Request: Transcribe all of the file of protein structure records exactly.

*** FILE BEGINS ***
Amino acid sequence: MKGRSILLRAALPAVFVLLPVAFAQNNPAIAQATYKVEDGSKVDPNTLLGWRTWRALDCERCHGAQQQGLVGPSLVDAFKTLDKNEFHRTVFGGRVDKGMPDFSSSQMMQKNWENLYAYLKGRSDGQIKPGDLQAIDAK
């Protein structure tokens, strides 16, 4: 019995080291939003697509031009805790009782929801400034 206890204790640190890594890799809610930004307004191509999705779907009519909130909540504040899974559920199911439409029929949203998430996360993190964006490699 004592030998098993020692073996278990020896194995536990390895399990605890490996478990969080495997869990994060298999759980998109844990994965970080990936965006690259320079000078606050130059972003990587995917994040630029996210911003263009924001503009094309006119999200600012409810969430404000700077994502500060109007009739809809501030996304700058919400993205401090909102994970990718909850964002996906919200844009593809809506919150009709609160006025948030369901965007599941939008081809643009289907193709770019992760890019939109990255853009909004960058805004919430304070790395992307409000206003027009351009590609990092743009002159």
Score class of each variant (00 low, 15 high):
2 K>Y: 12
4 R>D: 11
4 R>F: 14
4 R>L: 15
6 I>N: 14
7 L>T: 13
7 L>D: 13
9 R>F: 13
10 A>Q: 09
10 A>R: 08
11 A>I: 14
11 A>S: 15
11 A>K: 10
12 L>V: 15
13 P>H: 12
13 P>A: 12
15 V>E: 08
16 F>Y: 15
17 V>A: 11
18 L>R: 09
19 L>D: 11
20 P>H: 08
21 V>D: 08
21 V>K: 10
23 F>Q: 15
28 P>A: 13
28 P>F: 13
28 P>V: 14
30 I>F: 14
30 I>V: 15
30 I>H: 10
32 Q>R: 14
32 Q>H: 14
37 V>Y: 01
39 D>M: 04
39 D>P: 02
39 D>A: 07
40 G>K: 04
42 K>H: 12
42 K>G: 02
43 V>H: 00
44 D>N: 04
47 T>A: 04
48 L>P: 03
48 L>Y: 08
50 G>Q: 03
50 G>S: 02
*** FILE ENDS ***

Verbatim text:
Amino acid sequence: MKGRSILLRAALPAVFVLLPVAFAQNNPAIAQATYKVEDGSKVDPNTLLGWRTWRALDCERCHGAQQQGLVGPSLVDAFKTLDKNEFHRTVFGGRVDKGMPDFSSSQMMQKNWENLYAYLKGRSDGQIKPGDLQAIDAK
């Protein structure tokens, strides 16, 4: 019995080291939003697509031009805790009782929801400034 206890204790640190890594890799809610930004307004191509999705779907009519909130909540504040899974559920199911439409029929949203998430996360993190964006490699 004592030998098993020692073996278990020896194995536990390895399990605890490996478990969080495997869990994060298999759980998109844990994965970080990936965006690259320079000078606050130059972003990587995917994040630029996210911003263009924001503009094309006119999200600012409810969430404000700077994502500060109007009739809809501030996304700058919400993205401090909102994970990718909850964002996906919200844009593809809506919150009709609160006025948030369901965007599941939008081809643009289907193709770019992760890019939109990255853009909004960058805004919430304070790395992307409000206003027009351009590609990092743009002159």
Score class of each variant (00 low, 15 high):
2 K>Y: 12
4 R>D: 11
4 R>F: 14
4 R>L: 15
6 I>N: 14
7 L>T: 13
7 L>D: 13
9 R>F: 13
10 A>Q: 09
10 A>R: 08
11 A>I: 14
11 A>S: 15
11 A>K: 10
12 L>V: 15
13 P>H: 12
13 P>A: 12
15 V>E: 08
16 F>Y: 15
17 V>A: 11
18 L>R: 09
19 L>D: 11
20 P>H: 08
21 V>D: 08
21 V>K: 10
23 F>Q: 15
28 P>A: 13
28 P>F: 13
28 P>V: 14
30 I>F: 14
30 I>V: 15
30 I>H: 10
32 Q>R: 14
32 Q>H: 14
37 V>Y: 01
39 D>M: 04
39 D>P: 02
39 D>A: 07
40 G>K: 04
42 K>H: 12
42 K>G: 02
43 V>H: 00
44 D>N: 04
47 T>A: 04
48 L>P: 03
48 L>Y: 08
50 G>Q: 03
50 G>S: 02